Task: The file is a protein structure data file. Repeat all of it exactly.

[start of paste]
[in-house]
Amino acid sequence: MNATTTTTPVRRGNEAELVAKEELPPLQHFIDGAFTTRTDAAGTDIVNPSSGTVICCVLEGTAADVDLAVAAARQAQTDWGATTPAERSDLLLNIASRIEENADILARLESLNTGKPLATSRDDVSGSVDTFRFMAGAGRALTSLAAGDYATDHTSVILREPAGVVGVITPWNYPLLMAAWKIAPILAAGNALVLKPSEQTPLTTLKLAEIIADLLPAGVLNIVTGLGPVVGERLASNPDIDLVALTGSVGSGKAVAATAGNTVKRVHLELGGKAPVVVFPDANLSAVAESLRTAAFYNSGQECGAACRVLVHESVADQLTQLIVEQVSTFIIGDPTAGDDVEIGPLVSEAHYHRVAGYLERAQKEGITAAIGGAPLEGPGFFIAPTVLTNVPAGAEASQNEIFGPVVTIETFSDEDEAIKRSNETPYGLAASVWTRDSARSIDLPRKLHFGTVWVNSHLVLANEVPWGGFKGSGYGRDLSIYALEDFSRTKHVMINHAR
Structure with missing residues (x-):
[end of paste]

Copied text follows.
[in-house]
Amino acid sequence: MNATTTTTPVRRGNEAELVAKEELPPLQHFIDGAFTTRTDAAGTDIVNPSSGTVICCVLEGTAADVDLAVAAARQAQTDWGATTPAERSDLLLNIASRIEENADILARLESLNTGKPLATSRDDVSGSVDTFRFMAGAGRALTSLAAGDYATDHTSVILREPAGVVGVITPWNYPLLMAAWKIAPILAAGNALVLKPSEQTPLTTLKLAEIIADLLPAGVLNIVTGLGPVVGERLASNPDIDLVALTGSVGSGKAVAATAGNTVKRVHLELGGKAPVVVFPDANLSAVAESLRTAAFYNSGQECGAACRVLVHESVADQLTQLIVEQVSTFIIGDPTAGDDVEIGPLVSEAHYHRVAGYLERAQKEGITAAIGGAPLEGPGFFIAPTVLTNVPAGAEASQNEIFGPVVTIETFSDEDEAIKRSNETPYGLAASVWTRDSARSIDLPRKLHFGTVWVNSHLVLANEVPWGGFKGSGYGRDLSIYALEDFSRTKHVMINHAR
Structure with missing residues (x-):